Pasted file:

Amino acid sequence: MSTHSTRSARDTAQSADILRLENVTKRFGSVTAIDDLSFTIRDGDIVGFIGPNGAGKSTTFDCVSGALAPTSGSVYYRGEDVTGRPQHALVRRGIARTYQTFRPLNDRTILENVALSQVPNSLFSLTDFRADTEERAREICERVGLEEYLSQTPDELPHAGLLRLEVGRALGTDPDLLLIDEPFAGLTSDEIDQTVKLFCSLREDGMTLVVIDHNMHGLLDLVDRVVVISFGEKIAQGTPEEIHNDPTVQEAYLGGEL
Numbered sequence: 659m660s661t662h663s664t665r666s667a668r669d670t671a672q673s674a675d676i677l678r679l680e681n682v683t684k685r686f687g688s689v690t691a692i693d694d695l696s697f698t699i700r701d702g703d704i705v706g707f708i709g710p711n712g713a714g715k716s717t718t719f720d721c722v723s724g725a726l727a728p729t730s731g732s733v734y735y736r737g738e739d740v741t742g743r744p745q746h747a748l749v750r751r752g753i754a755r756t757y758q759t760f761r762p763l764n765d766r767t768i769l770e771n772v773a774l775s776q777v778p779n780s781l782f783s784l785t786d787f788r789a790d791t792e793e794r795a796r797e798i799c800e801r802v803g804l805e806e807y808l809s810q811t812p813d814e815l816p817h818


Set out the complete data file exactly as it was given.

Amino acid sequence: MSTHSTRSARDTAQSADILRLENVTKRFGSVTAIDDLSFTIRDGDIVGFIGPNGAGKSTTFDCVSGALAPTSGSVYYRGEDVTGRPQHALVRRGIARTYQTFRPLNDRTILENVALSQVPNSLFSLTDFRADTEERAREICERVGLEEYLSQTPDELPHAGLLRLEVGRALGTDPDLLLIDEPFAGLTSDEIDQTVKLFCSLREDGMTLVVIDHNMHGLLDLVDRVVVISFGEKIAQGTPEEIHNDPTVQEAYLGGEL
Numbered sequence: 659m660s661t662h663s664t665r666s667a668r669d670t671a672q673s674a675d676i677l678r679l680e681n682v683t684k685r686f687g688s689v690t691a692i693d694d695l696s697f698t699i700r701d702g703d704i705v706g707f708i709g710p711n712g713a714g715k716s717t718t719f720d721c722v723s724g725a726l727a728p729t730s731g732s733v734y735y736r737g738e739d740v741t742g743r744p745q746h747a748l749v750r751r752g753i754a755r756t757y758q759t760f761r762p763l764n765d766r767t768i769l770e771n772v773a774l775s776q777v778p779n780s781l782f783s784l785t786d787f788r789a790d791t792e793e794r795a796r797e798i799c800e801r802v803g804l805e806e807y808l809s810q811t812p813d814e815l816p817h818